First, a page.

Tisha B’Av: The Death of Our Dreams, The Birth of Our Hope

We are on the eve of the saddest day of the Jewish calendar. As a young child, I had great difficulty connecting to the somberness of this day. I recall going with my father to Synagogue, sitting on the ground, and reading pages upon pages, filled with the calamities that befell our people. I felt so disconnected- so far away from it all. It seemed so foreign, yet I can never forget when reaching the heartbreaking story of the ten martyrs of the Jewish people, and watching my father read these lamentations, tears streaming down his face. I didn’t know what to make of it, but I knew that something tragic had befallen my people, and that it took a special kind of person to connect and to appreciate the devastating loss that we had suffered as a nation.

Years have gone by, and I am still confused and bothered by the concept. How can tradition dictate an emotion? How can we suddenly be commanded to be sad and mourn, even if we are so far removed from the concept? Are the motions all for naught? I’m perplexed by the commandment to mourn. I am confused by the dictate to show deep sorrow and sadness – not based on an emotional low, but on a timing that was prescribed to us over 2,000 years ago. Core emotions are about real feelings. Sadness is about loss and about disconnect. It is perplexing, therefore, that we are expected to mourn, simply because the calendar turned to a date that has such historic significance.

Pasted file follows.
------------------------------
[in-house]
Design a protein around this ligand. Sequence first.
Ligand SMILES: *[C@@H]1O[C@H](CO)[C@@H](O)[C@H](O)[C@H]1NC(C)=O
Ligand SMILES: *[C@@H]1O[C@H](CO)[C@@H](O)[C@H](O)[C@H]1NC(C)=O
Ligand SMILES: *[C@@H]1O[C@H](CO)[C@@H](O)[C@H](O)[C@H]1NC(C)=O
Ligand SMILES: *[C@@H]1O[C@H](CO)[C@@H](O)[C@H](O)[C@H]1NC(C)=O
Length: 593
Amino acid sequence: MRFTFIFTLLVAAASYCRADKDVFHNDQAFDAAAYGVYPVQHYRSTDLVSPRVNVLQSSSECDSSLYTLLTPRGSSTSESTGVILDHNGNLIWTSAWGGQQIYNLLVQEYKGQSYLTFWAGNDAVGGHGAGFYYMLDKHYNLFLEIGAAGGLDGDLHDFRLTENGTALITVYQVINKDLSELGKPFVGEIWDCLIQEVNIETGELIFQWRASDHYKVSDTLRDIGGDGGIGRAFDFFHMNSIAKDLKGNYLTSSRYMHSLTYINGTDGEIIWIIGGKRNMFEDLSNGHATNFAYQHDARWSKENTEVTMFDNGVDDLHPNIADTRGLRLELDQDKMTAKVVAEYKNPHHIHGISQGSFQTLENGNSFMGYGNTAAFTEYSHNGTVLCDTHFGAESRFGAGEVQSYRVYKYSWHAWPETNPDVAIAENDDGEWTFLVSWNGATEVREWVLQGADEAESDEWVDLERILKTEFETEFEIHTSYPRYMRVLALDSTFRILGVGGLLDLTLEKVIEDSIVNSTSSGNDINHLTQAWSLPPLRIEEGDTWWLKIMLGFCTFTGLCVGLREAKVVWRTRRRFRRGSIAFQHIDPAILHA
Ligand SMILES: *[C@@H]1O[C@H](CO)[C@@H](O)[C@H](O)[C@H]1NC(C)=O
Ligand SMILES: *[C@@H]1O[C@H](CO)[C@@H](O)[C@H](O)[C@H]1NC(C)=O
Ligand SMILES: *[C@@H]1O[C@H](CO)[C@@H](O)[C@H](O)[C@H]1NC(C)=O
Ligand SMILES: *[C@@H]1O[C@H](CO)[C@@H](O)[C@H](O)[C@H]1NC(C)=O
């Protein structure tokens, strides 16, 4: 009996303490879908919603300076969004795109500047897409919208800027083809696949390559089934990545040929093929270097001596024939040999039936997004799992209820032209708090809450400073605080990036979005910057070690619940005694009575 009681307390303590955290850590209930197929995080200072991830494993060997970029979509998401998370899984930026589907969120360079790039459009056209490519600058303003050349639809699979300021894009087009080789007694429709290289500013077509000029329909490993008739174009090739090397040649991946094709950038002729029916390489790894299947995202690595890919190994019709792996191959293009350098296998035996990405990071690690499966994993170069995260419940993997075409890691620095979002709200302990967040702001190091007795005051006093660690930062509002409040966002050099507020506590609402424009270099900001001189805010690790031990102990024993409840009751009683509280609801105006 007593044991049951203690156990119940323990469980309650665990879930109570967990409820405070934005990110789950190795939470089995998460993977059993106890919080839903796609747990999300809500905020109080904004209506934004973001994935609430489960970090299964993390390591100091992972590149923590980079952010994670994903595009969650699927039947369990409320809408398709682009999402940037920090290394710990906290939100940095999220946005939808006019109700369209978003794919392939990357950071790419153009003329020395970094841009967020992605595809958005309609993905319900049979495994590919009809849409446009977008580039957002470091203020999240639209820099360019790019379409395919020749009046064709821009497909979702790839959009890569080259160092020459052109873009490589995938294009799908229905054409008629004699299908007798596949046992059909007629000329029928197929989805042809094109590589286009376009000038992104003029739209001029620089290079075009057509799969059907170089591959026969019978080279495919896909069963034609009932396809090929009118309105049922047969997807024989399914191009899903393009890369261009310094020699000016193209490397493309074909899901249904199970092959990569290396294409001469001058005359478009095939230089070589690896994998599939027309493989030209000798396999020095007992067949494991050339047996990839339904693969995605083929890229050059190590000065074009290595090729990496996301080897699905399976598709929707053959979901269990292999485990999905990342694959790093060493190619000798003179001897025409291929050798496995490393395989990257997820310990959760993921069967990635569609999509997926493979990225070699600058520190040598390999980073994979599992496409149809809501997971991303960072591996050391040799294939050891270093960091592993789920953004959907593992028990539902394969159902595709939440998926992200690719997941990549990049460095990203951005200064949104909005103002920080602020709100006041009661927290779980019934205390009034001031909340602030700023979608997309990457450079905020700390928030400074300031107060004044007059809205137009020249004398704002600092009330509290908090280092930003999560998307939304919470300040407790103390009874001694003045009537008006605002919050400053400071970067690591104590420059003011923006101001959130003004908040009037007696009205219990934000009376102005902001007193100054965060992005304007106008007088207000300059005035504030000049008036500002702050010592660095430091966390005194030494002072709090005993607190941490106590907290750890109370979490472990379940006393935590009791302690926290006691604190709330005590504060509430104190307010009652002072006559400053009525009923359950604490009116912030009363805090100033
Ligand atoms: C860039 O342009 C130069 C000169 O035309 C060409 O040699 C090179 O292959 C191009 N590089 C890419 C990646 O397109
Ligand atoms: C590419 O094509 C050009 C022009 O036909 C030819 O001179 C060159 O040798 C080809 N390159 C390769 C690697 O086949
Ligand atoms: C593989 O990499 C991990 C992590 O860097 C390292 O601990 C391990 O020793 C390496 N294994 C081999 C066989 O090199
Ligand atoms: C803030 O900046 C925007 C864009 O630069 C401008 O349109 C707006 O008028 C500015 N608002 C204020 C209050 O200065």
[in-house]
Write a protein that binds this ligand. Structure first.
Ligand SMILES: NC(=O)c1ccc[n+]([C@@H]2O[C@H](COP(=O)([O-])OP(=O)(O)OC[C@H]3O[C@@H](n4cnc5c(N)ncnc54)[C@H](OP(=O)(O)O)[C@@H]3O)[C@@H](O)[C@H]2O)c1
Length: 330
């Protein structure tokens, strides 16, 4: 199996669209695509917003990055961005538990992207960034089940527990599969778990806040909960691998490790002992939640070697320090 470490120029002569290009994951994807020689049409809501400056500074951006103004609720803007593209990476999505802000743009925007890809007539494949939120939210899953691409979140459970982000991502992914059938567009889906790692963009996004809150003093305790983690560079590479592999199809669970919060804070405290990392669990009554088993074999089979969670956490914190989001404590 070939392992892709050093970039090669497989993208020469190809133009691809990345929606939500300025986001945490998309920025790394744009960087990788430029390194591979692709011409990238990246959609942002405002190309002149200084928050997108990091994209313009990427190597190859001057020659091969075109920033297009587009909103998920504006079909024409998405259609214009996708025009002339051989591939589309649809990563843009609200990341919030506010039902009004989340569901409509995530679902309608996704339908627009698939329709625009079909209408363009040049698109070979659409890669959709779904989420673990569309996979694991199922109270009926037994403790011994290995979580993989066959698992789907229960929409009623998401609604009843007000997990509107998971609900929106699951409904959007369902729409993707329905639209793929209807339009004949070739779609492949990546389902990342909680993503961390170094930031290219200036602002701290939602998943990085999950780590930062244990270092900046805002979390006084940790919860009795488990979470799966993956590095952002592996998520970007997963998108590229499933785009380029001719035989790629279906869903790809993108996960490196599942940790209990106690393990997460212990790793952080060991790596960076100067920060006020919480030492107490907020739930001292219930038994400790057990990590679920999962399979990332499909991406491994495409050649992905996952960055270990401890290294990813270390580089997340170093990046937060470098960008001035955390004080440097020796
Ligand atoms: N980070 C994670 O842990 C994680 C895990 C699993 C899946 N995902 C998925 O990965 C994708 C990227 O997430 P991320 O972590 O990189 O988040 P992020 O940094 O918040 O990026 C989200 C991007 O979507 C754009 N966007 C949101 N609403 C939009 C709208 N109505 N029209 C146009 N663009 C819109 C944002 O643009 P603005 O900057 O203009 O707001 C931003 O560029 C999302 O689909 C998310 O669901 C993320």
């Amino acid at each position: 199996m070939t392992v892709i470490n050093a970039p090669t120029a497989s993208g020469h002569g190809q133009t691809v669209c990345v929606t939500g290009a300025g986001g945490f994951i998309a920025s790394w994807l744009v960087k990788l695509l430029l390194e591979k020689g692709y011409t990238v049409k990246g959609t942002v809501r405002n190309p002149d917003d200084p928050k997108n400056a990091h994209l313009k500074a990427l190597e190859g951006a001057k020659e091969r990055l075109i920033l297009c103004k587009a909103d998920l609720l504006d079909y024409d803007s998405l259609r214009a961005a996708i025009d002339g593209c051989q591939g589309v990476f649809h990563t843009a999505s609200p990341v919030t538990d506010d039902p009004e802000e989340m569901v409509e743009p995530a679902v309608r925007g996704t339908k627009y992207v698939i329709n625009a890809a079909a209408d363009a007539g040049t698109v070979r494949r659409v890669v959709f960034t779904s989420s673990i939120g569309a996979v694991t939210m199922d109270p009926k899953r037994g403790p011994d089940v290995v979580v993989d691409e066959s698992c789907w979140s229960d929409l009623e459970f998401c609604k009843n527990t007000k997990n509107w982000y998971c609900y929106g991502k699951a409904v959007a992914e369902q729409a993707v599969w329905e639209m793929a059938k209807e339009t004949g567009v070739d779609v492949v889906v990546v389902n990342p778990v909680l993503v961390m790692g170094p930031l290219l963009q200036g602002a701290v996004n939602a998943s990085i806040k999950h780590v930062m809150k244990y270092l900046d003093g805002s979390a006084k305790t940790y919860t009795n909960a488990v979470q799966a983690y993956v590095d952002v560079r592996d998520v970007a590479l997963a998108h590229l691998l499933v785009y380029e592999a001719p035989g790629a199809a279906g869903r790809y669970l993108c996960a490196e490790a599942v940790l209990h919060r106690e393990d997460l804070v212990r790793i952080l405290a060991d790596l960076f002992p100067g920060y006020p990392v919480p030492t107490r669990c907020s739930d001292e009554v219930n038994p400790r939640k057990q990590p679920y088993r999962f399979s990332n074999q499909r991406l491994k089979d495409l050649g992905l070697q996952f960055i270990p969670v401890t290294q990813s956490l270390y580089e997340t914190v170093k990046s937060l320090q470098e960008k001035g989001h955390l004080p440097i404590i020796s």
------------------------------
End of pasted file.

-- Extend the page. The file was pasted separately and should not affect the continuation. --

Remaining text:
In reality, however, a deeper analysis of Tisha B’Av is warranted. Those who believe that we mourn simply for the destruction of an exquisite edifice, are sorely mistaken. Those who imagine that sitting on the ground and limiting ourselves from bodily pleasures are meant solely to assist us in mourning for a time that we simply cannot relate to, are missing the point. Tisha B’Av is not at all about the loss of a building. It’s not even about the loss of so many of our people on one day, but rather it’s about a loss of a way of life. It’s mourning the loss of the beauty and tranquility that G-d had infused in his people. It’s mourning a time when the world was Tov, was wholesome and beautiful. It’s crying for a way of life and connection to G-d that has been forever altered.